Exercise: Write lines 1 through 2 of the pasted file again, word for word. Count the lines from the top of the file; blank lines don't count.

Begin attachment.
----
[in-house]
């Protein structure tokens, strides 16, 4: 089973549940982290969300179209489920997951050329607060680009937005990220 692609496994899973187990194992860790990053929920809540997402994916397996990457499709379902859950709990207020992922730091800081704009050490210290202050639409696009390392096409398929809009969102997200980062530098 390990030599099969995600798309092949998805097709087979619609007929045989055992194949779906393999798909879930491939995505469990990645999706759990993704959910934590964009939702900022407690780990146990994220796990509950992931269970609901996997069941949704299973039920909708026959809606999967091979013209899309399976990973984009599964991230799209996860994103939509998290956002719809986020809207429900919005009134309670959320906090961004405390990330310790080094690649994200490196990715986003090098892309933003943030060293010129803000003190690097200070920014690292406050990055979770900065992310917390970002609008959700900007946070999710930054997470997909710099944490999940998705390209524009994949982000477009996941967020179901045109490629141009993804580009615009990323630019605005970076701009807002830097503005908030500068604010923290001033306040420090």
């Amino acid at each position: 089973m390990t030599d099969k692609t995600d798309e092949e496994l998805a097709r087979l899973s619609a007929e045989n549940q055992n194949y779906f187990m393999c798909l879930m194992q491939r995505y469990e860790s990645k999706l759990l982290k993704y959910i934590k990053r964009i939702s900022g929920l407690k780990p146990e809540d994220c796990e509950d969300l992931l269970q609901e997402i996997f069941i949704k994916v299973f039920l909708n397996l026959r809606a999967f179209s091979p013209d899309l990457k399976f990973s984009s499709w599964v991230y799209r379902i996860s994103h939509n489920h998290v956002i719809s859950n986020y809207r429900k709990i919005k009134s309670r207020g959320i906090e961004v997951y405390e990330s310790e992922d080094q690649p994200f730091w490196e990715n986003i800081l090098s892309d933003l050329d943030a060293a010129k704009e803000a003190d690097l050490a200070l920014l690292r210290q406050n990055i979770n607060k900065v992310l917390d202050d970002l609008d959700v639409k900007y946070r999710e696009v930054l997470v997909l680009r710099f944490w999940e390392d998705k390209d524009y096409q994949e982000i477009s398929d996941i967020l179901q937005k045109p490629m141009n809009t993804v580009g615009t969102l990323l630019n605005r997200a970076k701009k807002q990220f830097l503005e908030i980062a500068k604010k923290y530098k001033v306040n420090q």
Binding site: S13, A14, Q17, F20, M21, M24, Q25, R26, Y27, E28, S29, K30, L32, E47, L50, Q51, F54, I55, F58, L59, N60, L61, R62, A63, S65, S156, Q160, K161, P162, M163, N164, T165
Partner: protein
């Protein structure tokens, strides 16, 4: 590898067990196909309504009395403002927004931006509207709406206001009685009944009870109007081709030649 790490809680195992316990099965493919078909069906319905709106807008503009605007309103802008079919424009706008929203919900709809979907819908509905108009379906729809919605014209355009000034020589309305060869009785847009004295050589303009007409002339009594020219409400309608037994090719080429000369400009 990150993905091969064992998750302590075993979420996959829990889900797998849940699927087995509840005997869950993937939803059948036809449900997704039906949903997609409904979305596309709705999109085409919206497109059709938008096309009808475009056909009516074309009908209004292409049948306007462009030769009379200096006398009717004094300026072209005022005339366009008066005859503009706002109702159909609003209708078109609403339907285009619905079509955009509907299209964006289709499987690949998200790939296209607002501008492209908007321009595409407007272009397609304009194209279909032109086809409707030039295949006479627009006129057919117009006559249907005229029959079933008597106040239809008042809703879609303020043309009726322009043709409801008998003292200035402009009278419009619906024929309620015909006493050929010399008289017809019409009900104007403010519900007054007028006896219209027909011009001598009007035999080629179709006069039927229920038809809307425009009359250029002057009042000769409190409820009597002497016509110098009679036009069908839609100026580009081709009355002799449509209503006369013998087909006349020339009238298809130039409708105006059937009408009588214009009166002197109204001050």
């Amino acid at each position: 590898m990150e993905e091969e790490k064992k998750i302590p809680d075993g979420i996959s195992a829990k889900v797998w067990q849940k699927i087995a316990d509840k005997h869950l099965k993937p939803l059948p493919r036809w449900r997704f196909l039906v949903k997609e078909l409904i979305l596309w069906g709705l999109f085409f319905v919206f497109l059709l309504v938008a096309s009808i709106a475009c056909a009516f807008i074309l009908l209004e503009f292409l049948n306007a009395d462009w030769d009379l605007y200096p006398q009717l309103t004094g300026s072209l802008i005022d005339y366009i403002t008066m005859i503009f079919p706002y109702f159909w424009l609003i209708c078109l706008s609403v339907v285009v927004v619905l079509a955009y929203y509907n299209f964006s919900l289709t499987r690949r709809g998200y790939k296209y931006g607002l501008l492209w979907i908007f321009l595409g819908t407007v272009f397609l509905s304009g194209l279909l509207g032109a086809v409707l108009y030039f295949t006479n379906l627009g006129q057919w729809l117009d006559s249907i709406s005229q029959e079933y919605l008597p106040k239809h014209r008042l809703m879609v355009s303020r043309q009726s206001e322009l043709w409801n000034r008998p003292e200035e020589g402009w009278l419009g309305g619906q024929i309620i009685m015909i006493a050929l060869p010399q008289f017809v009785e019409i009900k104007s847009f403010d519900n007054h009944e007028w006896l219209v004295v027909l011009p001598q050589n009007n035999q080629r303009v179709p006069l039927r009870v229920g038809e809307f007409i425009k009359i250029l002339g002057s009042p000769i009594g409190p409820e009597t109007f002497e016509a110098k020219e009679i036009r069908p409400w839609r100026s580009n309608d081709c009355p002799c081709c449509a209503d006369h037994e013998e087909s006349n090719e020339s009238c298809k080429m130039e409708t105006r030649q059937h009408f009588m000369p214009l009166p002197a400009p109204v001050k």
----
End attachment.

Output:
[in-house]
């Protein structure tokens, strides 16, 4: 089973549940982290969300179209489920997951050329607060680009937005990220 692609496994899973187990194992860790990053929920809540997402994916397996990457499709379902859950709990207020992922730091800081704009050490210290202050639409696009390392096409398929809009969102997200980062530098 390990030599099969995600798309092949998805097709087979619609007929045989055992194949779906393999798909879930491939995505469990990645999706759990993704959910934590964009939702900022407690780990146990994220796990509950992931269970609901996997069941949704299973039920909708026959809606999967091979013209899309399976990973984009599964991230799209996860994103939509998290956002719809986020809207429900919005009134309670959320906090961004405390990330310790080094690649994200490196990715986003090098892309933003943030060293010129803000003190690097200070920014690292406050990055979770900065992310917390970002609008959700900007946070999710930054997470997909710099944490999940998705390209524009994949982000477009996941967020179901045109490629141009993804580009615009990323630019605005970076701009807002830097503005908030500068604010923290001033306040420090």